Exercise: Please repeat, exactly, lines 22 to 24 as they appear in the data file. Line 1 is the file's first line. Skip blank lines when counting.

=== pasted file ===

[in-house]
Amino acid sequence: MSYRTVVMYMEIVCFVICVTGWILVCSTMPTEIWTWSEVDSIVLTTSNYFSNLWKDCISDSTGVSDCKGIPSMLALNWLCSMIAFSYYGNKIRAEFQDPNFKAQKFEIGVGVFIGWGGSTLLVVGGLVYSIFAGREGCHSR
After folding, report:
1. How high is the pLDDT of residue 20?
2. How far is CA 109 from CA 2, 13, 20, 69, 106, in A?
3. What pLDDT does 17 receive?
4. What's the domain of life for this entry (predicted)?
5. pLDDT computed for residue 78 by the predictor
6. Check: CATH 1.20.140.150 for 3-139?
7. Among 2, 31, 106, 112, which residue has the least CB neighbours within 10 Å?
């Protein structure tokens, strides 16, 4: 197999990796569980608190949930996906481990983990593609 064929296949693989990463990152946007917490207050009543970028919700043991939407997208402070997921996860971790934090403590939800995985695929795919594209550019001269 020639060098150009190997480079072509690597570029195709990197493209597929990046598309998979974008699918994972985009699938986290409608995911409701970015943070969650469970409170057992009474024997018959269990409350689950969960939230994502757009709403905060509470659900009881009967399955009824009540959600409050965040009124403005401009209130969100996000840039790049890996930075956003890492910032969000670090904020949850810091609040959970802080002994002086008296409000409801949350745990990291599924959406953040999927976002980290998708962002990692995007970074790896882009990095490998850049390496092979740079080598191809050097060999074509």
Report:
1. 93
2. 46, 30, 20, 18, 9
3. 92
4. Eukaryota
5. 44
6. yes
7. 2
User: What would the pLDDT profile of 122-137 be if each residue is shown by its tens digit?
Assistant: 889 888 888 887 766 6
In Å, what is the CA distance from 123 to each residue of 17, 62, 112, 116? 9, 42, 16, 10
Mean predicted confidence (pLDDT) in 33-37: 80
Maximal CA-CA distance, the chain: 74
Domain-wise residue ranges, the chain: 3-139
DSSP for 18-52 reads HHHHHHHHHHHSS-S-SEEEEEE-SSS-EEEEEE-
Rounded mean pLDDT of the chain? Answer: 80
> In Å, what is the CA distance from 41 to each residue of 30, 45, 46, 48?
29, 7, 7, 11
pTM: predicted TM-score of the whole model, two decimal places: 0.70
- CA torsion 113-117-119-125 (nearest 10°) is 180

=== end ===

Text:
In Å, what is the CA distance from 123 to each residue of 17, 62, 112, 116? 9, 42, 16, 10
Mean predicted confidence (pLDDT) in 33-37: 80
Maximal CA-CA distance, the chain: 74